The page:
A couple weeks ago, my heart horse Aria let me know she wasn’t comfortable jumping. We sent her home early from the horse show, and after consulting with her vet I decided to end her show jumping career.
But don’t worry, this isn’t a tragedy. It’s a love story.
After an exhaustive and exhausting search for my equine partner, I bought Aria in October 2014. I rode Western as a child and had just returned to riding as an adult, excited to learn to jump. I was at roughly crossrail level, and 6-year-old Aria had just started to jump small fences as well. I thought it would be perfect.
It was not perfect.
There’s a reason that inexperienced riders are usually encouraged to ride schoolmaster horses. It’s so that at least one of you has some kind of clue as to how things should go.
We were the blind leading the blind, but we had one thing going for us: we bonded quickly.
She was perfectly open to being best friends, and I lived my barn-rat-horse-girl dreams. In the early days I handled most of her care myself. I hauled hay in the back of my SUV and lovingly made her lunch bucket every day. I spent hours grooming, cleaning her stall, and just hanging out with her.
Aria trusted me to take care of her outside of the ring, and she took it upon herself to handle all jumping concerns. It was a big responsibility for a young, inexperienced horse, and the early result was often leaving out strides, skipping lead changes, and going way too fast, but I never felt unsafe.
My life’s goal was to make it to the 2’6 hunters. We got there within a year, and after a few more we were successfully competing in the 3’ AA hunters. But one day after a particularly enthusiastic hunter round, we decided to try the jumper division instead. It was undeniably the right place for her, and we spent most of our show years in the 1.0 low adult jumpers, a place I’d never even dreamed of.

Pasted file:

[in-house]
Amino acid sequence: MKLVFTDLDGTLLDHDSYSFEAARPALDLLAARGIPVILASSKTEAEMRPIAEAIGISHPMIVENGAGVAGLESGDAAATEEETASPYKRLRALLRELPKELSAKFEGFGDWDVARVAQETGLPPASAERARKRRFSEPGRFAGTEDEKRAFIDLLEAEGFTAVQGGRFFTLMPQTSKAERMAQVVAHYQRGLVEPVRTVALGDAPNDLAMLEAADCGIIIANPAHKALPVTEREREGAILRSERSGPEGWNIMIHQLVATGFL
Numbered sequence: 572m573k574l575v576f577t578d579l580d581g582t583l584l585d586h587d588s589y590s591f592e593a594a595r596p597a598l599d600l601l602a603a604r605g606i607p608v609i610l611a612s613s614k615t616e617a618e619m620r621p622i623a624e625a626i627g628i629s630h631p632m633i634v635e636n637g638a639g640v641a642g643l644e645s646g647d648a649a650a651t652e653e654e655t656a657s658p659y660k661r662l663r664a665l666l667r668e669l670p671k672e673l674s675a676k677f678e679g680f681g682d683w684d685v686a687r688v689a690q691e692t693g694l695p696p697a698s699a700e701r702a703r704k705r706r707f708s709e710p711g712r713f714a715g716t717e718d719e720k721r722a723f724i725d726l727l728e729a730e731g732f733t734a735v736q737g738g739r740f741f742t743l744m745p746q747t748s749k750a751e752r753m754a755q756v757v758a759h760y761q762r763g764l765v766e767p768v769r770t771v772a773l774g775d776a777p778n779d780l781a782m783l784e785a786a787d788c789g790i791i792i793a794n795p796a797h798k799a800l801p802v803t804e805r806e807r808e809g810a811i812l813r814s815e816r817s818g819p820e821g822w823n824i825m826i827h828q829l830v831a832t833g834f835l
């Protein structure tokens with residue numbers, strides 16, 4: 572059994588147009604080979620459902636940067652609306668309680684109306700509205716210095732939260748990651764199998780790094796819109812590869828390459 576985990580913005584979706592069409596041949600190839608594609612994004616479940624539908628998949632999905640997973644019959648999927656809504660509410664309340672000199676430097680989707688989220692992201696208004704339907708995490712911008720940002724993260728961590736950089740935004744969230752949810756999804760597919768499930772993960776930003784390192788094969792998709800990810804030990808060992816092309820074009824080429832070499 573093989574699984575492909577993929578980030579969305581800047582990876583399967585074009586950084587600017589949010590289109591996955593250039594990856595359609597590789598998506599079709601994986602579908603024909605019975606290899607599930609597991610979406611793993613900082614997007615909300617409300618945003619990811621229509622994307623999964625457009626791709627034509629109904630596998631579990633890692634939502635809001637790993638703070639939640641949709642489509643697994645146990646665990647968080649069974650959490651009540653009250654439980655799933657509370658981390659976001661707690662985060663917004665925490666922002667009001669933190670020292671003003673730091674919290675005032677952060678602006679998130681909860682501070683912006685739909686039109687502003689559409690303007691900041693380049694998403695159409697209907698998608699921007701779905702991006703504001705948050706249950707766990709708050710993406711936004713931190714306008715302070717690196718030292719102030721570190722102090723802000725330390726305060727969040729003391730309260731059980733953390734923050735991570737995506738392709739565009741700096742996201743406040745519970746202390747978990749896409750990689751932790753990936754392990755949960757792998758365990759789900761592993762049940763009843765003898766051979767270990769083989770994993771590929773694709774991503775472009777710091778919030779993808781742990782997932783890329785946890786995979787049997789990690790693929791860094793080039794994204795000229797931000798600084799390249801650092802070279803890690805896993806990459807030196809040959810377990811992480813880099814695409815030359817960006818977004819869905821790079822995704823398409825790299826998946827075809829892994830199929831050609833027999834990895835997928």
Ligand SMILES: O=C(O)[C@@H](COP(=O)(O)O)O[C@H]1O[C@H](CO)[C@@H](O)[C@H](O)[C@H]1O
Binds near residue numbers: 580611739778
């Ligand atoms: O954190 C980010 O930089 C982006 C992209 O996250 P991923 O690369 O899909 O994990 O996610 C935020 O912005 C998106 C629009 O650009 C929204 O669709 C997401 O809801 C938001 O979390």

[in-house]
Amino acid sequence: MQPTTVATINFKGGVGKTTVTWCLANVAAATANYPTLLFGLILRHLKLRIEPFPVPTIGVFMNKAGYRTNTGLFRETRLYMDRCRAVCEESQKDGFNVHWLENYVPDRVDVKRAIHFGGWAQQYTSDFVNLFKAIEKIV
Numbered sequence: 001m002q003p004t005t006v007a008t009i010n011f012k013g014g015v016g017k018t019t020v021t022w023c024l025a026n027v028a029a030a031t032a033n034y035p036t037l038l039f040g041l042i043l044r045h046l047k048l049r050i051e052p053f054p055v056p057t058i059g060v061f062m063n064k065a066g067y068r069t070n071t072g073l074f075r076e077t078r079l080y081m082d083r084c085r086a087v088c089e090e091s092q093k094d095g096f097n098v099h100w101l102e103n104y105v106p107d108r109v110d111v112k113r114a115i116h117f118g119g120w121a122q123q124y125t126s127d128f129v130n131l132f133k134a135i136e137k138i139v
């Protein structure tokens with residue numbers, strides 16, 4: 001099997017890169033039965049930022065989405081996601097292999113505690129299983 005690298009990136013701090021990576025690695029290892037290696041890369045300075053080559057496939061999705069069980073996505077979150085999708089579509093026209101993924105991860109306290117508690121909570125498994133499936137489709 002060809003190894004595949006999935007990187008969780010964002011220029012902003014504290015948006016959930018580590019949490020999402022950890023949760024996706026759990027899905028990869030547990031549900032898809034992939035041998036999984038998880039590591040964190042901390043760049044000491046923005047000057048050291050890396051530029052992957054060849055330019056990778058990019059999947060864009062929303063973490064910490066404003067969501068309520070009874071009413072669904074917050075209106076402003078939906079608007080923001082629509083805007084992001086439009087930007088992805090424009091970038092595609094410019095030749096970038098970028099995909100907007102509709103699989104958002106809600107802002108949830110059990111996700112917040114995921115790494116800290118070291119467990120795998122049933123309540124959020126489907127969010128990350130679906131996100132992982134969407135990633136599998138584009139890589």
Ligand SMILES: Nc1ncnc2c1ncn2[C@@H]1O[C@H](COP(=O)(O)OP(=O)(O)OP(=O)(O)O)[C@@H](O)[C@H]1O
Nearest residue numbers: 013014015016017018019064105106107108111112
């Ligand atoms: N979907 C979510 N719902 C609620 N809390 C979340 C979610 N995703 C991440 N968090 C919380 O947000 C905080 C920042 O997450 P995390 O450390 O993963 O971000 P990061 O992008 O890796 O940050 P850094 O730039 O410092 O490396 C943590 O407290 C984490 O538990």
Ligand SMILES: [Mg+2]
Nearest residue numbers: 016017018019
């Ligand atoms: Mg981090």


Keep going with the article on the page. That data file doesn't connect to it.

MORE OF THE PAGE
I don’t know who I am as a rider without her. Everything about how I ride is because of her – the way I sit, the pace that’s natural, the amount of leg and hand pressure… all calibrated to her exact specifications over almost a decade. Without her, nothing feels right. She taught me a secret language I can’t speak with anyone else (IYKYK) and losing my sport partner feels like a punch in the gut. But I’m looking on the bright side and reflecting with gratitude on everything she gave me.
Because she is strong and bold, she made me feel that I was too.
Because she walks in like she owns the place (every place), she made me feel like I belonged there too.
Because she tries her absolute best, she inspired me to work harder than I thought I could and to learn as much as possible.
Because she greets every day with joy and enthusiasm, she showed me that’s the only way to live.
Her heart is larger than her scope, her bravery exceeds her raw athleticism, and her loyalty outweighs everything. She’s the brightest light. She’ll be mine until the end of her life, though the next chapter will look a little different.
This fall and winter I’ll be following your show ring journey while I figure out the next steps of mine. I’ll be photographing at Flintridge Autumn Classic, Huntington Beach Spooktacular, Sunshine Series, Desert Holiday, and the entire Desert Circuit. There’s just nothing like equestrian sport, and I’m grateful to be part of this community.